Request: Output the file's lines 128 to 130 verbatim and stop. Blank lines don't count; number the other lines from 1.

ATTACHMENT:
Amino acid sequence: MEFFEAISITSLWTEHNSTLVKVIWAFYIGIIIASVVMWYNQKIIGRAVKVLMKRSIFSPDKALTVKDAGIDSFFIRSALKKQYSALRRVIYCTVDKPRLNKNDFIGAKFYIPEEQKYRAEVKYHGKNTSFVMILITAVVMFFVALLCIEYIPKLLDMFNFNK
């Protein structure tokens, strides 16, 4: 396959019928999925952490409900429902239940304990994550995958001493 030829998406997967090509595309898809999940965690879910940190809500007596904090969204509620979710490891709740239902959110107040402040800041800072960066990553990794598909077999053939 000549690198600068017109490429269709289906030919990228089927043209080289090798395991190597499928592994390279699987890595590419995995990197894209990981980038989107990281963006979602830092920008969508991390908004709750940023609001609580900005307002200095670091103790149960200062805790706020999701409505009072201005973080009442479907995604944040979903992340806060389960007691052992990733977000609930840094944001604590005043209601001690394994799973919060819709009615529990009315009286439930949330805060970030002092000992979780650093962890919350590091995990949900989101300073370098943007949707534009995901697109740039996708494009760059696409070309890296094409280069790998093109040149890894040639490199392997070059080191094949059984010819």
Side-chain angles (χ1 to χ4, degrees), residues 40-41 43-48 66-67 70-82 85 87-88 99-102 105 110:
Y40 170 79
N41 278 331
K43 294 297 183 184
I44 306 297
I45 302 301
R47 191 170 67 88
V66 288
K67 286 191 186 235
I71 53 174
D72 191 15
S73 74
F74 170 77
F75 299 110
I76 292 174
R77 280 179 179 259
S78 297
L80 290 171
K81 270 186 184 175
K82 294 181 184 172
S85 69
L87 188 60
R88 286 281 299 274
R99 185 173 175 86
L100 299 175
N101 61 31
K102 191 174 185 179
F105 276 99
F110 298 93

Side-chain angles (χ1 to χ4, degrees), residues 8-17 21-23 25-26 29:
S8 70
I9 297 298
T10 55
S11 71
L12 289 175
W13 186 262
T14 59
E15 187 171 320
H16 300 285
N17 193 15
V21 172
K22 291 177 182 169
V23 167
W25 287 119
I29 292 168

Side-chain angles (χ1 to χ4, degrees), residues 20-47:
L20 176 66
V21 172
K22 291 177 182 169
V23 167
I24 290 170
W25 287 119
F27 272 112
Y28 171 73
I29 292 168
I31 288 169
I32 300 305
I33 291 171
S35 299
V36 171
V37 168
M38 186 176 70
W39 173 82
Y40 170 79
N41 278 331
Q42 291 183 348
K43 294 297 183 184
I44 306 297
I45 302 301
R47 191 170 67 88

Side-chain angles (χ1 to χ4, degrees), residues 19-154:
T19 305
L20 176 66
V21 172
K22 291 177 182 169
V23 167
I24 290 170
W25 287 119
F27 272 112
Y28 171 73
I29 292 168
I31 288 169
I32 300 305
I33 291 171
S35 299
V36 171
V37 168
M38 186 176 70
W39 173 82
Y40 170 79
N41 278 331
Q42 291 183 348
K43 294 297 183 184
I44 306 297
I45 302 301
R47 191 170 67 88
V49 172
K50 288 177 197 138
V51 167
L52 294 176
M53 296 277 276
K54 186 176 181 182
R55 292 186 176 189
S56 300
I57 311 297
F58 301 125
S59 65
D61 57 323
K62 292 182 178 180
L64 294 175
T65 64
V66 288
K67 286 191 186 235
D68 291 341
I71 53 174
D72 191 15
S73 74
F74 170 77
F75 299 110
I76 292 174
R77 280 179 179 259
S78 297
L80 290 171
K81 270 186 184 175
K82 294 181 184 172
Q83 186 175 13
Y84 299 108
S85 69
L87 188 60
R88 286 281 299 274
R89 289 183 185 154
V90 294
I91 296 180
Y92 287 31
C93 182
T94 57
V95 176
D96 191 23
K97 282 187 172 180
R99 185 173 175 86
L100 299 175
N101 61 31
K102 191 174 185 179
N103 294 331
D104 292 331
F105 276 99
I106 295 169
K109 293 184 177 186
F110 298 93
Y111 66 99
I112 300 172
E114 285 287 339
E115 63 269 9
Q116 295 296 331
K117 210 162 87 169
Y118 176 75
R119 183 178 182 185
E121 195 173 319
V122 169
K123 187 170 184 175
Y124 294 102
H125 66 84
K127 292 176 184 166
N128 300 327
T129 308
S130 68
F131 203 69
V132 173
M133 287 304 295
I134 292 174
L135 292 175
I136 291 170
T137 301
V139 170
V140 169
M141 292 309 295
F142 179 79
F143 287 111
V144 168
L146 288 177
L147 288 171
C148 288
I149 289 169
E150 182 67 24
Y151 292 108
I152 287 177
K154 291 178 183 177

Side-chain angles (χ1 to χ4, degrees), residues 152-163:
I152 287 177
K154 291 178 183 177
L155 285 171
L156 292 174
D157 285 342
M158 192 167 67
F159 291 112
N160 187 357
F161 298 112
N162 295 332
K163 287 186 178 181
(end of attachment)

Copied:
Q83 186 175 13
Y84 299 108
S85 69